wiTh diane Burvee, Jame
s dalTon, anne KaTona,
molly marTin, mary mil ler, osa & roBin sTansell
desi murphy, virginia ro
wland, luis and paTTy s
I currently judge the Non-Sporting Group and several Hound breeds. I am a lifetime member of the Lexington Ken- nel Club Board of Trustees, and member of Take The Lead and the Dalmatian Club Of America. DESI MURPHY
over 10 years. Luis judges Working, Non-Sporting as well as some Toys and Hounds; Patty judges Working and some Non-Sporting breeds. ROBIN
STANSELL I have been exhibiting since 1976 and judging since 1991. Outside of dogs, I do very little! I have enjoyed sports cars and a little racing in the past, but now have little time.
I live in Monroe, New York. I am retired. I have been in dogs close to 60 years. I have been judging since 1976 and have judged Frenchies for 26 years.
1. How important is gait in your evaluation of the dog during judging? DB: Gait is vital to ascertain proper carriage and soundness in movement in all breeds. For me, it is interesting to study how dogs use themselves, and their footing and timing in their locomotion. I tend to put more empha- sis on gait in breeds where the gait serves to perform a function such as to hunt, and to retrieve in the Afghan Hounds and Poodles respectively. Also, in the Pekingese as well, as its “effortless rolling gait” is part of breed type. French Bulldogs are bred strictly to be lap/companion dogs, so one can afford to be more forgiving in their gait. Having said that, I do not condone a paddling or flipping front, or a weak hind action. I also want to stress that TRAD (tremendous reach and drive) in side-gait, which seems to impress many a judge, is actually nothing more than flashy, wasted motion in the French Bulldog. Always bear in mind the function and intent of the breed. The Frenchie is a moderate breed, and that includes its move- ment, so a Frenchie that can reach and drive extensively like a German Shepherd or a Sporting is very atypical in actuality. JD: It is important as part of my overall evaluation of the dog and I pay attention to outline and balance on the move (coming from Afghans, I love good movement), but for me it is not the most important thing. Type is the most important attribute for me in any breed because without breed type you have nothing. AK: Certain breeds’ gaits are very important; however, most important in my opinion is foot timing. One must never forget even a Toy breed has to walk to the food and water bowl! Toy breeders want their breeds to be as sound as any other breed. MMartin: Very important. I consider proper gait for every breed to be indicative of proper construction. MMiller: Gait is very important in my judging, as that is where I can truly see the dog’s best conformation. DM: In any breed movement is the test of structure. If they are not built properly, they cannot move properly.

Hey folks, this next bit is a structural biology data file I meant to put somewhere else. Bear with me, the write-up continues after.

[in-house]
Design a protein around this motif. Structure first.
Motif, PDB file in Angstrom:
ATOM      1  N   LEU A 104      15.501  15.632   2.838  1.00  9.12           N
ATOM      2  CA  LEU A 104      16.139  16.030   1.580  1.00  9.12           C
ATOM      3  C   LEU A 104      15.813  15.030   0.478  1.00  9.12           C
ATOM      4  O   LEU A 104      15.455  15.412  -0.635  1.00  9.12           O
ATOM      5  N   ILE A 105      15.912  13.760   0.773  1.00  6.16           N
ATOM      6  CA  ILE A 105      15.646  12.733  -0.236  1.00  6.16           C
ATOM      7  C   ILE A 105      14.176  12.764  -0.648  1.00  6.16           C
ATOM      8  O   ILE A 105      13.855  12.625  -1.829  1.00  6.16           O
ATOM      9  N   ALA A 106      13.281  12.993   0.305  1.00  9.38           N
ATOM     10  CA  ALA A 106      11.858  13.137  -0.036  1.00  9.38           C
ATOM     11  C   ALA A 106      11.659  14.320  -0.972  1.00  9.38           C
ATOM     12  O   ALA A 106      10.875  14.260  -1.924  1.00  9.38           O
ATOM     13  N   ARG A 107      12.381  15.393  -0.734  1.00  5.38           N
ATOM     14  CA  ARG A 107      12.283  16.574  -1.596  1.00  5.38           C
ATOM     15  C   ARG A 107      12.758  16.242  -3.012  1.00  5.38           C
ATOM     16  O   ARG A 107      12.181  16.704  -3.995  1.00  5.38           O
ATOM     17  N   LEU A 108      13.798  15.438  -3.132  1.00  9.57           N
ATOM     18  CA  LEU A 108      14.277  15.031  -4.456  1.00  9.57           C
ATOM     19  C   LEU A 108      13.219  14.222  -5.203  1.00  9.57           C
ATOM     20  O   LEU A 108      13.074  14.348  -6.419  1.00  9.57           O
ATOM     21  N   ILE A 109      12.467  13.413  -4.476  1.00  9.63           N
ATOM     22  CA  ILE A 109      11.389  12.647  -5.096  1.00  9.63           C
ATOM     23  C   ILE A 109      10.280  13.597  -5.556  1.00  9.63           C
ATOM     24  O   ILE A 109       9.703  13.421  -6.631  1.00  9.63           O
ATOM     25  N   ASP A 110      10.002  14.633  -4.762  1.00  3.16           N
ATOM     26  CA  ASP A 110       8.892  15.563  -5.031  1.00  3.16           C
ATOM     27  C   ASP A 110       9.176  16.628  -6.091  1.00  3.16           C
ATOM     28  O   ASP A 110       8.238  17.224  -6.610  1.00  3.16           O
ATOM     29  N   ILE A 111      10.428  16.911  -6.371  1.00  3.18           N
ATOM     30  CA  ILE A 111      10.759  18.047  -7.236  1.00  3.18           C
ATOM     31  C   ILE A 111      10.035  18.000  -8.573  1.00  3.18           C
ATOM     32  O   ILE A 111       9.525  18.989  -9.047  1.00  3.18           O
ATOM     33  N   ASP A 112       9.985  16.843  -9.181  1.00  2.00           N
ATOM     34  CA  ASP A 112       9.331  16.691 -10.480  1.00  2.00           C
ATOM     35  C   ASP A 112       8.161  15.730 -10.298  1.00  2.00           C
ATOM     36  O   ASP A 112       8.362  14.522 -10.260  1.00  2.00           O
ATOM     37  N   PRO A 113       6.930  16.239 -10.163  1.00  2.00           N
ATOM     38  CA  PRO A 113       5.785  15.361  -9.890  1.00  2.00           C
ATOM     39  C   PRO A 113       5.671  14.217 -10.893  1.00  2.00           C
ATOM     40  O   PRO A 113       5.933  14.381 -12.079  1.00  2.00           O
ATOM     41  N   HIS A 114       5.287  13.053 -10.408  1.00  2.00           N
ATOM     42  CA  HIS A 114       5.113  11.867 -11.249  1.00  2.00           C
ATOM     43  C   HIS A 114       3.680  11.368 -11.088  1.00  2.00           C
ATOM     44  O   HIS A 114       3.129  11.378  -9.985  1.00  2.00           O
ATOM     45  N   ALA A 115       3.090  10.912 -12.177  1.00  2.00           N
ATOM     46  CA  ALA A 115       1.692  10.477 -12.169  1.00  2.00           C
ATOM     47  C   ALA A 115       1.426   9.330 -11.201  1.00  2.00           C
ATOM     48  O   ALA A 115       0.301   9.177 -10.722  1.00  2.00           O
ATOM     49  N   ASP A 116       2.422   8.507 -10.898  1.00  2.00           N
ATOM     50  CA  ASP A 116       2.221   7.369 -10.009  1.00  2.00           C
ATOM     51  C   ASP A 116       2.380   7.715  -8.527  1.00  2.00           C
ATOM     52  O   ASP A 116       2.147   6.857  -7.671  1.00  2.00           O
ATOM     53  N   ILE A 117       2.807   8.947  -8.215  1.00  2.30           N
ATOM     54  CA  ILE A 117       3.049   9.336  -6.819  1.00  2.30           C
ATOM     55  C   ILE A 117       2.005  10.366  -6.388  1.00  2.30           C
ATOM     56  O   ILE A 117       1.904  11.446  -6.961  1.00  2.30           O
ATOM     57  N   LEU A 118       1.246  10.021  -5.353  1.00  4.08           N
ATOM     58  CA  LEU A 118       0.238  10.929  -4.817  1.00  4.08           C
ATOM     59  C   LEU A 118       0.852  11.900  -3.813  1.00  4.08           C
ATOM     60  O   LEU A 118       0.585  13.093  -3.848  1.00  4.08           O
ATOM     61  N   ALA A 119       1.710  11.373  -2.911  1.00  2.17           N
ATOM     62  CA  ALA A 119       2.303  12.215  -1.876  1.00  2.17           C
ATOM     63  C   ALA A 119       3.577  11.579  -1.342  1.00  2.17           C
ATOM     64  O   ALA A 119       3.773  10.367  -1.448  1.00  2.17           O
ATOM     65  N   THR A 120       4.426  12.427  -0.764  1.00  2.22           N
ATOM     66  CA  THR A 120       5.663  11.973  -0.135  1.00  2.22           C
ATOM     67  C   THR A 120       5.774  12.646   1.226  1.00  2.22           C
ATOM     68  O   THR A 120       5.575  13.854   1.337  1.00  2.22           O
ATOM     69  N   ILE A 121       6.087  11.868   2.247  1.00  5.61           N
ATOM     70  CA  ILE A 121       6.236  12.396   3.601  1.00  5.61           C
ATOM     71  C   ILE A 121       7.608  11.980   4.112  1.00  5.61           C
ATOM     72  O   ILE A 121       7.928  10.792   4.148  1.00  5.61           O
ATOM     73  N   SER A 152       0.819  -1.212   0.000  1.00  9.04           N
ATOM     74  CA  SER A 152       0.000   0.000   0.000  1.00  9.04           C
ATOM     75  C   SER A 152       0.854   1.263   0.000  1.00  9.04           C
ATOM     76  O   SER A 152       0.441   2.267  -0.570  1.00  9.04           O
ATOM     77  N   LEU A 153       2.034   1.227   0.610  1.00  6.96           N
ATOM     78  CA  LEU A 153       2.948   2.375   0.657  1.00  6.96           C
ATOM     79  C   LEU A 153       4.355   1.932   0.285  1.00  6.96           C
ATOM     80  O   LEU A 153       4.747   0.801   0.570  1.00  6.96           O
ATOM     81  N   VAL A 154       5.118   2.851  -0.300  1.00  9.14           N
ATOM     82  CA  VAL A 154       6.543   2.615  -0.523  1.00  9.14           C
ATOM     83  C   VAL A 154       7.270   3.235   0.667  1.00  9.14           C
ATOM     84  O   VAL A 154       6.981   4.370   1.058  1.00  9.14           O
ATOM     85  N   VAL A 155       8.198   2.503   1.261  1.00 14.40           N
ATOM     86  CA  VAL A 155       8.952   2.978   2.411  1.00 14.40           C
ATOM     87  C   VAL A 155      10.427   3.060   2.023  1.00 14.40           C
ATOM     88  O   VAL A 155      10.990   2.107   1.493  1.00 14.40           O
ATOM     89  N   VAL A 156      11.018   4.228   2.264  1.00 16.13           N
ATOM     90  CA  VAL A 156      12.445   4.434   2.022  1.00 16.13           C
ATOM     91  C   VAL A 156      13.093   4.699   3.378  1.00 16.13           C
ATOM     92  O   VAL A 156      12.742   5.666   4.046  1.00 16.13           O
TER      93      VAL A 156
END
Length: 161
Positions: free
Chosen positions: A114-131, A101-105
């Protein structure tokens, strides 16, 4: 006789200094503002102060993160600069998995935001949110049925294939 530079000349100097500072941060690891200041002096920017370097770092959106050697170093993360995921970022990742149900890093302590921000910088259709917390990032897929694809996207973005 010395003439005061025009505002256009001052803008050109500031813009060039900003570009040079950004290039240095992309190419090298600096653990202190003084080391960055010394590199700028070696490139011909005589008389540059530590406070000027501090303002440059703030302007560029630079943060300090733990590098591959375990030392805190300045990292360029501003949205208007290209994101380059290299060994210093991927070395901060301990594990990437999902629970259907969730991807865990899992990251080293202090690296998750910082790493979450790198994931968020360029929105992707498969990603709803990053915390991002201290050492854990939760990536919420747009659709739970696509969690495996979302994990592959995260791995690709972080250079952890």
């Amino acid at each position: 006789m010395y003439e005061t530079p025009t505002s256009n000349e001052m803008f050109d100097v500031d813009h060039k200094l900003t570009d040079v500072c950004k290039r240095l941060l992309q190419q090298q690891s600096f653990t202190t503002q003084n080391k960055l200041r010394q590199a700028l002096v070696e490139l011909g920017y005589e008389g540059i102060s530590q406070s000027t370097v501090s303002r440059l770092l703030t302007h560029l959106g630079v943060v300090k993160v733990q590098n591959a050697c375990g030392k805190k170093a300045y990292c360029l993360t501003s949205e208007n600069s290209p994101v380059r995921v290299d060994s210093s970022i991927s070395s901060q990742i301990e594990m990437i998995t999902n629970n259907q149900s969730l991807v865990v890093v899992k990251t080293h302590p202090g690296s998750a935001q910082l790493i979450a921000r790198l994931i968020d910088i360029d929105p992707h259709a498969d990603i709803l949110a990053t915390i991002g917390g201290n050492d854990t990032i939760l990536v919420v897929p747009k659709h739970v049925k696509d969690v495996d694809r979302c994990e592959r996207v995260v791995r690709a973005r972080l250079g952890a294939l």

I live in Templeton, Massachusetts. Most of my activities involve dogs. I am President of the Massachusetts Federation of Dog Clubs and Responsible Dog Owners and National Res- cue Coordinator for the American Bullmastiff Association. My parents owned and exhibited Bullmastiffs and Bull- dogs so I have been involved in the sport of dogs since my teenage years. I was first approved to judge in 1995. I am a graduate of Harvard College. In addition to FBDCA, I am a member of the Ladies Dog Club, Wachusett Kennel Club, Connecticut River Working Group club and American Bullmastiff Association. Currently serve as President of the French Bull Dog Club of America and am Chair of the FBDCA Judges Education Committee. I have judged the FBDCA National and regional specialties in the US and have judged overseas in many European countries and in Australia and New Zealand. LUIS & PATTY SOSA Bandog French Bulldogs, reg.
We live in Madisonville, Loui- siana, about 30 miles north of New Orleans. Outside of dogs, Patty likes to cook, garden and make Frenchies. In addition to photographing dog shows, Luis is a Civil Engineer and photo- graphs for a hobby, mostly with
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large format film cameras. Luis has been “in dogs” some 42 years, Patty around 32. We’ve both been judging a little
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